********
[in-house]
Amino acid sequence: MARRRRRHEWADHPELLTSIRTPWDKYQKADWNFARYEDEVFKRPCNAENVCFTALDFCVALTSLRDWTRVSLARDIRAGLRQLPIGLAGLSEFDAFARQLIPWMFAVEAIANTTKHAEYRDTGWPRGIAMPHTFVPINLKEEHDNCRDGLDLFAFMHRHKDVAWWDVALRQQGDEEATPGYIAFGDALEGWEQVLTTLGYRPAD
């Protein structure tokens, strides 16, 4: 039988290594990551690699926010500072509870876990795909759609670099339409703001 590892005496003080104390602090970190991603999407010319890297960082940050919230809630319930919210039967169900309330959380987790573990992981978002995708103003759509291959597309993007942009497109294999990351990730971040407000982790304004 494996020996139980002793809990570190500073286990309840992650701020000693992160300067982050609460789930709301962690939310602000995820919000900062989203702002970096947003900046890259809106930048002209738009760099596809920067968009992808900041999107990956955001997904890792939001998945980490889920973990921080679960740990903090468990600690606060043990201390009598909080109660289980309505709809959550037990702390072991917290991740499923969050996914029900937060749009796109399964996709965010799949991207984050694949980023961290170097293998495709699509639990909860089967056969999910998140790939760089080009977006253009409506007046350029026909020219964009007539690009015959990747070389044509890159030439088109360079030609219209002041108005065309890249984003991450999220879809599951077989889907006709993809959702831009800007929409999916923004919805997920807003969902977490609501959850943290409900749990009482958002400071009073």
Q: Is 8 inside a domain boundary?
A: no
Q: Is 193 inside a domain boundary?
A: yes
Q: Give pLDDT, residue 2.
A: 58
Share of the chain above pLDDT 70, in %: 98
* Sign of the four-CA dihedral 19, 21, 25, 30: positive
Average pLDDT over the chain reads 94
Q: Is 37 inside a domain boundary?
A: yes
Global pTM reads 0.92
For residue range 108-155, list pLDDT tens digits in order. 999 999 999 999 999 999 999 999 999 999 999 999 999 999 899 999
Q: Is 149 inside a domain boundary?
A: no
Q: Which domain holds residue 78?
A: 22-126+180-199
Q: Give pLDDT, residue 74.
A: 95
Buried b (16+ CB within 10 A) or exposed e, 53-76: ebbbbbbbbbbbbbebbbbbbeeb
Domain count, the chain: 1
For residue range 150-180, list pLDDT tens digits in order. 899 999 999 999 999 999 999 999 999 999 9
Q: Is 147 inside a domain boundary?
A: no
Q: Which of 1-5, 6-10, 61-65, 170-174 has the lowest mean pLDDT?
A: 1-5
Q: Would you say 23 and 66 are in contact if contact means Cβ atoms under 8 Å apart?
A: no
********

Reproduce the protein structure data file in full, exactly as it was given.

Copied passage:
[in-house]
Amino acid sequence: MARRRRRHEWADHPELLTSIRTPWDKYQKADWNFARYEDEVFKRPCNAENVCFTALDFCVALTSLRDWTRVSLARDIRAGLRQLPIGLAGLSEFDAFARQLIPWMFAVEAIANTTKHAEYRDTGWPRGIAMPHTFVPINLKEEHDNCRDGLDLFAFMHRHKDVAWWDVALRQQGDEEATPGYIAFGDALEGWEQVLTTLGYRPAD
């Protein structure tokens, strides 16, 4: 039988290594990551690699926010500072509870876990795909759609670099339409703001 590892005496003080104390602090970190991603999407010319890297960082940050919230809630319930919210039967169900309330959380987790573990992981978002995708103003759509291959597309993007942009497109294999990351990730971040407000982790304004 494996020996139980002793809990570190500073286990309840992650701020000693992160300067982050609460789930709301962690939310602000995820919000900062989203702002970096947003900046890259809106930048002209738009760099596809920067968009992808900041999107990956955001997904890792939001998945980490889920973990921080679960740990903090468990600690606060043990201390009598909080109660289980309505709809959550037990702390072991917290991740499923969050996914029900937060749009796109399964996709965010799949991207984050694949980023961290170097293998495709699509639990909860089967056969999910998140790939760089080009977006253009409506007046350029026909020219964009007539690009015959990747070389044509890159030439088109360079030609219209002041108005065309890249984003991450999220879809599951077989889907006709993809959702831009800007929409999916923004919805997920807003969902977490609501959850943290409900749990009482958002400071009073």
Q: Is 8 inside a domain boundary?
A: no
Q: Is 193 inside a domain boundary?
A: yes
Q: Give pLDDT, residue 2.
A: 58
Share of the chain above pLDDT 70, in %: 98
* Sign of the four-CA dihedral 19, 21, 25, 30: positive
Average pLDDT over the chain reads 94
Q: Is 37 inside a domain boundary?
A: yes
Global pTM reads 0.92
For residue range 108-155, list pLDDT tens digits in order. 999 999 999 999 999 999 999 999 999 999 999 999 999 999 899 999
Q: Is 149 inside a domain boundary?
A: no
Q: Which domain holds residue 78?
A: 22-126+180-199
Q: Give pLDDT, residue 74.
A: 95
Buried b (16+ CB within 10 A) or exposed e, 53-76: ebbbbbbbbbbbbbebbbbbbeeb
Domain count, the chain: 1
For residue range 150-180, list pLDDT tens digits in order. 899 999 999 999 999 999 999 999 999 999 9
Q: Is 147 inside a domain boundary?
A: no
Q: Which of 1-5, 6-10, 61-65, 170-174 has the lowest mean pLDDT?
A: 1-5
Q: Would you say 23 and 66 are in contact if contact means Cβ atoms under 8 Å apart?
A: no